All About the Veg! is a bi-weekly recipe column in which Best of Vegan contributor Seiran Sinjari breaks down one amazing plant at a time. In today’s column, she talks about watermelon, a fruit synonymous with summer, as well as some tips on how to pick a perfect one. Her recipe for Vegan Watermelon Salad is not only a sophisticated, grownup version of her favorite easy summer meal but a refreshing seasonal treat for everyone to enjoy.
It’s summer here in the northern hemisphere and we don’t want to cook on the stove or in the oven (or even being stuck in the kitchen) for too long. Yep, that means salad! A refreshing and cooling salad but still filling, savory, sweet, and satisfying. And the star of this summer salad is of course watermelon!
During the summer months, I make sure to stock my fridge with watermelons so I always have some delicious, cooling, and hydrating snacks ready on hand. Watermelon with ‘penîrê spî’ (white cheese in Kurdish) and bread was my favorite easy summer meal/snack growing up. Very simple and very delicious. And that’s how we traditionally have watermelon and cheese in the Middle East, eaten together separately, not mixed together, and not in salads. You have some cheese, maybe wrapped with some bread, and then chase that cheese and bread bite with a couple of bites of sweet juicy watermelon. So the ever-so-popular watermelon salad is actually a modern invention (that I absolutely love!). I also love incorporating some of the old ways with the new so I’m putting back another piece of ‘old’ by serving my salad with some rustic grilled bread, which goes better with this salad than traditional pita or flatbread that we used to have with watermelon and cheese.
Why is this combination so good and why has it become such a huge food trend? Simply because the combination of sweet and savory is super delicious and a little bit of savory food or salt will actually also bring out the sweetness of the watermelon even more.
A little bit of savory food or salt will actually also bring out the sweetness of the watermelon even more
Before we jump to my vegan watermelon salad recipe I also want to give you some tips on how to pick a good watermelon. Yes, you will see me knocking on them at the markets to hear if they’re perfectly ripe, just like my dad taught me many many years ago. We want them perfectly ripe, not too ripe and grainy, and not unripe and bland.
Here are some tips:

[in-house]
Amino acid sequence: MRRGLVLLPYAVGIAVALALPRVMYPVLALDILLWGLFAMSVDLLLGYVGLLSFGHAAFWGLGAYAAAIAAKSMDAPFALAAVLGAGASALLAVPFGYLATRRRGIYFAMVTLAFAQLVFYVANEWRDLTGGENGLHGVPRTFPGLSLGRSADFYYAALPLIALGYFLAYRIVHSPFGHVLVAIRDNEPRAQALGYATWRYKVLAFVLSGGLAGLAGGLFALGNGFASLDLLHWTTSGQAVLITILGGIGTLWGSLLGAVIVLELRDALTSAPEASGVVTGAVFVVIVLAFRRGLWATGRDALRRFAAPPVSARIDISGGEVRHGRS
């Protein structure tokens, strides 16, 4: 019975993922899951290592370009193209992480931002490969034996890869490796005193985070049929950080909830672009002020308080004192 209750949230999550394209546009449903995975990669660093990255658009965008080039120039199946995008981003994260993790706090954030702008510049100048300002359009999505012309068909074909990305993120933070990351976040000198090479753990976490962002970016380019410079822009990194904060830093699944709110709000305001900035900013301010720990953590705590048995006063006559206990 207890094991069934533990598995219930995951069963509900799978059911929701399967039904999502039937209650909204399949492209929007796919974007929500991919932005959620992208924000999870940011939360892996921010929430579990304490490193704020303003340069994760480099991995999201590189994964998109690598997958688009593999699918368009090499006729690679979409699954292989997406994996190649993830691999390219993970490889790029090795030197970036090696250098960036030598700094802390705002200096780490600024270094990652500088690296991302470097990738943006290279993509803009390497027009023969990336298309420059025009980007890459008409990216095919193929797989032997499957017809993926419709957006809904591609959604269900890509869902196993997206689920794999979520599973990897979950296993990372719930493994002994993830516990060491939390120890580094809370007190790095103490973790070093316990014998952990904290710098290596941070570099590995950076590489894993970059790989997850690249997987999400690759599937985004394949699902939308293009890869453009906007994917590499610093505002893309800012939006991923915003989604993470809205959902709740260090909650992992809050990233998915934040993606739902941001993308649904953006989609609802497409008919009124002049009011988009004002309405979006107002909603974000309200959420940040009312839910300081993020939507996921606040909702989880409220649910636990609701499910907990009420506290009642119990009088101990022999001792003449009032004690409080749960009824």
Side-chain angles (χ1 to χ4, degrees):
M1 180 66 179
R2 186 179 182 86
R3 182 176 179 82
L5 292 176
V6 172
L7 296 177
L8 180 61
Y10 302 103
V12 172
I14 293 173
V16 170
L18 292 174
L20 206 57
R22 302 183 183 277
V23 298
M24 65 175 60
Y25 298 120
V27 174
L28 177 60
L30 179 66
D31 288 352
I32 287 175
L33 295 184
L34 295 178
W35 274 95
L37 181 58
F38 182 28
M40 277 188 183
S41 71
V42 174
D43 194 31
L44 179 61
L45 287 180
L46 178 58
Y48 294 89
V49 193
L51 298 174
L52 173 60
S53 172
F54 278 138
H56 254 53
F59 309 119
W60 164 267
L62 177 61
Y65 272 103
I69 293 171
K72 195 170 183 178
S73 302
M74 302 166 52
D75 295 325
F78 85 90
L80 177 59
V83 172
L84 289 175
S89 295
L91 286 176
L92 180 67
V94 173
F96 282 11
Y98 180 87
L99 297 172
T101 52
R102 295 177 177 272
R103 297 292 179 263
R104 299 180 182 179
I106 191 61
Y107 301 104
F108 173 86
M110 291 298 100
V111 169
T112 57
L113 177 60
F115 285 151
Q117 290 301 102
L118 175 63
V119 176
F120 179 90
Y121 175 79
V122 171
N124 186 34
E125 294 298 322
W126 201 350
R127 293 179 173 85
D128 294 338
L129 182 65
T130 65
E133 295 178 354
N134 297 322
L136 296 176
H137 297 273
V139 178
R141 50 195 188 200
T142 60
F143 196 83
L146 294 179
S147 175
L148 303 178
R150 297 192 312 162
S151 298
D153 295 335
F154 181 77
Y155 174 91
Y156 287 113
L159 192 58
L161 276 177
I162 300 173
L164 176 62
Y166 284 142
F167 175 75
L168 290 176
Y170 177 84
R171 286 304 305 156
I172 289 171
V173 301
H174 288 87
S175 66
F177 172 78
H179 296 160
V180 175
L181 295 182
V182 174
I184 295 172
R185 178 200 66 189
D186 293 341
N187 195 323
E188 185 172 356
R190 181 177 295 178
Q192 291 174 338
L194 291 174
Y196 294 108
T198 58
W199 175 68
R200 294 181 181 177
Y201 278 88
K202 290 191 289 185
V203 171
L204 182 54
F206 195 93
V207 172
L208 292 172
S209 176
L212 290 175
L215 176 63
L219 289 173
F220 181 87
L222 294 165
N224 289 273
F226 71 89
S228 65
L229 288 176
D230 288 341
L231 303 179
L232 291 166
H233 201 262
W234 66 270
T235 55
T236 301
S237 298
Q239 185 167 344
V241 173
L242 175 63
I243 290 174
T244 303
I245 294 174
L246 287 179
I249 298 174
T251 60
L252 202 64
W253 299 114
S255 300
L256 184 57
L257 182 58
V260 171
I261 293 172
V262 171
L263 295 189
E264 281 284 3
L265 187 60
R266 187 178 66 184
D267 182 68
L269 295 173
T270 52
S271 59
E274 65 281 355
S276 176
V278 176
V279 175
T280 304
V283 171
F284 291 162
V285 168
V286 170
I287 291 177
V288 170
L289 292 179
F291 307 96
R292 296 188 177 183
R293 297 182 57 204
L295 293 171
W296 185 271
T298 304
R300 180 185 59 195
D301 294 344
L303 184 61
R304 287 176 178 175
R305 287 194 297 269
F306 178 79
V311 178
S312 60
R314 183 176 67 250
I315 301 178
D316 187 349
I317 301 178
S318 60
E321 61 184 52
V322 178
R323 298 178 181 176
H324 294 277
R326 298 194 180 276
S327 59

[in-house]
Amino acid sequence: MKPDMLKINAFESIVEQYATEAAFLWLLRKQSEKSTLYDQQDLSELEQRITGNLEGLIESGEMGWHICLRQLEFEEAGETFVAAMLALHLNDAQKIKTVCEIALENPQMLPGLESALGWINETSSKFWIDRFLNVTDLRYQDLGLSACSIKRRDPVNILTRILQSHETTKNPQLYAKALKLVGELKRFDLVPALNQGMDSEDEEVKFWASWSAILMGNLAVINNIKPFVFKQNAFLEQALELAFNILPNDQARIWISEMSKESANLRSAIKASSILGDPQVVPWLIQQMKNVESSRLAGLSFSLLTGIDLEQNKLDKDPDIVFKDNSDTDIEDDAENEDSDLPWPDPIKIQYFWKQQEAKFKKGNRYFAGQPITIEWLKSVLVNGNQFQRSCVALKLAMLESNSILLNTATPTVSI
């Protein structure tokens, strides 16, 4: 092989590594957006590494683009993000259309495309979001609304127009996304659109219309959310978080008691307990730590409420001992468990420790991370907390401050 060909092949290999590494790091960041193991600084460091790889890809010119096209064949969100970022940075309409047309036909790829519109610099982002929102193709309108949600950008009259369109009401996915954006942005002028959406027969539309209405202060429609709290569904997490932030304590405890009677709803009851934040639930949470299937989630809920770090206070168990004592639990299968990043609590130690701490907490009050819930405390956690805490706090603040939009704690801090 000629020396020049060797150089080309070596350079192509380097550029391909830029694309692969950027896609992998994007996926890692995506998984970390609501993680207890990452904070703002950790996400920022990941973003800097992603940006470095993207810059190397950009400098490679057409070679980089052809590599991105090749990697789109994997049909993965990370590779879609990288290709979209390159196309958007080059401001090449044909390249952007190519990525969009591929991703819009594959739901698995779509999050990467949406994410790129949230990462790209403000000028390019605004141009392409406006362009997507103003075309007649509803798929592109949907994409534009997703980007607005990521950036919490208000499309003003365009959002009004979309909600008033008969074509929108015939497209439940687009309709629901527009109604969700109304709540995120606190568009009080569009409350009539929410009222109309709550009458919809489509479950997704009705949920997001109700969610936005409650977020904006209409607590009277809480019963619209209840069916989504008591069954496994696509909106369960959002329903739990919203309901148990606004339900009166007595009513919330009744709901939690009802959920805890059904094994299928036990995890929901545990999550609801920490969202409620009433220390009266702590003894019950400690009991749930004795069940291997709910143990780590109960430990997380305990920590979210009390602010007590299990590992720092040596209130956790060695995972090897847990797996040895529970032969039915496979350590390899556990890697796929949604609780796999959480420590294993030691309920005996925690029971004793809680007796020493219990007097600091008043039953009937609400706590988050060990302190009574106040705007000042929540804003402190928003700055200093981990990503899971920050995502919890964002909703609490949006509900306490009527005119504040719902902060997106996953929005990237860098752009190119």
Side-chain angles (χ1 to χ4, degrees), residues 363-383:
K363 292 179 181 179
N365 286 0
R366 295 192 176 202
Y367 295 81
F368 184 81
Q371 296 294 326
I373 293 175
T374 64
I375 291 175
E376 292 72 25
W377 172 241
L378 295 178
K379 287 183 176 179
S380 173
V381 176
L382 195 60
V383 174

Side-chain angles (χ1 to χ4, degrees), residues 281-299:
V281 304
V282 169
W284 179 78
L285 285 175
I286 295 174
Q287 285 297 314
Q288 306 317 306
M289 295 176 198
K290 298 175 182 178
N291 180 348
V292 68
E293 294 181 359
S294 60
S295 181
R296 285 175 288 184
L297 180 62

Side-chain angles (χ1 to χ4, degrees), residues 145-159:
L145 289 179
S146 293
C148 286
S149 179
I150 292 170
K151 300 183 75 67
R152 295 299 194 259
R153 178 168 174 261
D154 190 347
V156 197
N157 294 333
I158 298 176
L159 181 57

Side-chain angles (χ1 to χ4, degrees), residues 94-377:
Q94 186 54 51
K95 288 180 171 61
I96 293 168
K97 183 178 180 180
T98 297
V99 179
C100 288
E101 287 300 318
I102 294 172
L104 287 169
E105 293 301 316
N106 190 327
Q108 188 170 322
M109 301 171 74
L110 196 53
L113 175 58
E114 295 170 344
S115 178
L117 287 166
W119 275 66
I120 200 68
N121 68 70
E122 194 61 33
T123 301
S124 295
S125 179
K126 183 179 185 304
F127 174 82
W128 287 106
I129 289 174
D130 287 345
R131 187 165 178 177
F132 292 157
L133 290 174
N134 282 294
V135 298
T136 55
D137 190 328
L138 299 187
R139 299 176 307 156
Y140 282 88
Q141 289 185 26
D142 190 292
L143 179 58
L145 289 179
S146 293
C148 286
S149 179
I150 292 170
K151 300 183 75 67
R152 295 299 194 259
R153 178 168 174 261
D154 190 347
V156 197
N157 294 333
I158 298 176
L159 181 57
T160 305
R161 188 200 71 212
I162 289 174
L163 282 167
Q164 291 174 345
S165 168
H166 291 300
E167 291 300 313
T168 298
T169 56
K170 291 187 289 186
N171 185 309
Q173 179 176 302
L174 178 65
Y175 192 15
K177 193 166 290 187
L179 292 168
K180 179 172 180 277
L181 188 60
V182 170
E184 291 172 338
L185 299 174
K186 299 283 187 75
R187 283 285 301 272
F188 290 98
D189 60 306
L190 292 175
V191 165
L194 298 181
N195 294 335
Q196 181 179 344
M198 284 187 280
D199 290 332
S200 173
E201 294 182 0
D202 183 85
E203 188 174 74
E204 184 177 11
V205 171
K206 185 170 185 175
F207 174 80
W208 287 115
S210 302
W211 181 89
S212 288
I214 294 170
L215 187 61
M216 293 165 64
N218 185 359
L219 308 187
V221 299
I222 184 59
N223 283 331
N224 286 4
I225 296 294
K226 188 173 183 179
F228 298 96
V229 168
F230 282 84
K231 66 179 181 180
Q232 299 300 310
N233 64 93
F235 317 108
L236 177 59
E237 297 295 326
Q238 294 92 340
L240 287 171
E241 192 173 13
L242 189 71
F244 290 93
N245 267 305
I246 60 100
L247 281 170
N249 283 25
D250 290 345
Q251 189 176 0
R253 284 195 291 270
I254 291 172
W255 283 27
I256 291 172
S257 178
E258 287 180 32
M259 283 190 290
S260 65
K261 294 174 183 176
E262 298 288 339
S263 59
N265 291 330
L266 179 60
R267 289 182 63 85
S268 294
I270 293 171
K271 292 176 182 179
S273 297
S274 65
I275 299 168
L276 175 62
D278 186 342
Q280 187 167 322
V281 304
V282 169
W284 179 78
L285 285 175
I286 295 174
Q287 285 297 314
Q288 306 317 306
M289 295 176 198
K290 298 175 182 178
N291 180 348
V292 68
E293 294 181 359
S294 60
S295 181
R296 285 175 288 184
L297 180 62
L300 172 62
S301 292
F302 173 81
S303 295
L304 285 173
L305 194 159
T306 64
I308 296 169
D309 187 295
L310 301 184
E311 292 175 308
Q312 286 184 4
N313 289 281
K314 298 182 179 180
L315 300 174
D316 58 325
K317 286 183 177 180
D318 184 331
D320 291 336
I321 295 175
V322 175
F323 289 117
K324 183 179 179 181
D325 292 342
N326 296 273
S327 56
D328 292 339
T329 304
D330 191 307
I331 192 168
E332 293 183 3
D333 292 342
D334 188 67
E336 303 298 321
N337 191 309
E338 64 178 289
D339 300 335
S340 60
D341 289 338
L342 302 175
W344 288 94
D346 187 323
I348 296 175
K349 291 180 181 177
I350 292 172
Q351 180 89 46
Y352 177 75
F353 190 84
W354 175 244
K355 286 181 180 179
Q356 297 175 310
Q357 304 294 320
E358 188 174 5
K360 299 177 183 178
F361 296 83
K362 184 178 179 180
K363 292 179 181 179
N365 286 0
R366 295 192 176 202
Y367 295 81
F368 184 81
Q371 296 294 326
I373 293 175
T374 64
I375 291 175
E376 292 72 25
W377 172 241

- Lift up the melon and knock on it repeatedly 2-3 times with the knuckle of your index finger. Your knuckle should bounce back, the rind should feel firm, and listen carefully to the sound. The melon should give a hollow, clear ringing sound. If the sound is dull and heavy the watermelon is overripe and likely grainy textured. If the sound is too clear and ringing, the watermelon might be underripe but this is rarely the case.
- The melon should feel heavy when you lift it.
- The surface of the melon should be smooth but not very shiny.
- A yellowish patch on one side of the melon means it was left to ripen for a while before being picked, this is a good sign it’s ripe and sweet.’
If you’re new to this way of picking your watermelon, you simply have to get out there and try this a number of times until you get it right and also understand what stage of ripeness you prefer. Sometimes none of the melons at the market will look or sound perfect and personally, I prefer a slightly unripe melon over an overripe mushy one.
- ½ medium-sized watermelon, cut into bite-sized cubes (rind removed)
- 2 Lebanese cucumbers or other small cucumbers, sliced in rounds
- 100 g pitted kalamata olives
- 1 handful of fresh basil leaves
- 1 handful of fresh mint leaves
- 60 g blanched almonds
- 1 tbsp oil for frying almonds
- 1 pinch of flaky sea salt
- freshly ground black pepper to taste
For Sumac Onions:
- 1 medium-sized red onion, thinly sliced
- 1 tbsp ground sumac
- flaky sea salt to taste
- A bowl of ice water
For Feta Dip:
- 150 g vegan feta style cheese, crumbled
- 200 g vegan Greek or Turkish style yogurt
- Salt to taste (if needed)
- 1 ½ tsp tamarind paste
- 1 small preserved lemon (rind only), finely chopped or sliced (you can also use the zest of one fresh lemon instead)
- ½ small lemon, juiced
- 1 tsp agave syrup
- 2 ½ tbsp extra virgin olive oil
- salt & pepper to taste
Serve with: rustic grilled sourdough bread
- To prepare Sumac Onions, place onions in the bowl of ice water and let soak for 20-30 minutes before draining well. The soaking will take the edge off the strong onion flavor and balance it. Add sumac and salt and mix well until all onions are coated with the sumac.
- To prepare dressing, place all ingredients (you can set some of the preserved lemon rind to the side to garnish with later) in a small bowl and whisk together. Set to the side while you prepare other ingredients.
- To prepare feta dip, mix together all ingredients well in a small bowl.
- Place oil in a pan over medium heat, add blanched almonds, and fry while stirring frequently until almonds become golden brown, then remove from pan immediately. Once they start to get some color, be careful as they easily burn. Let excess oil drip off on some paper towels, then sprinkle them with some flaky sea salt.
- Plate watermelon and cucumbers on a large serving plate, top with big dollops of the feta dip, olives, fried almonds, sumac onions, mint leaves, basil leaves, freshly ground black pepper, preserved lemon rind (if using), and finish by drizzling the dressing on top.
- Serve with some rustic grilled sourdough bread.
Find more of Seiran’s recipes at @legallyplantbased.
Recipe, text, and photography by Seiran Sinjari.
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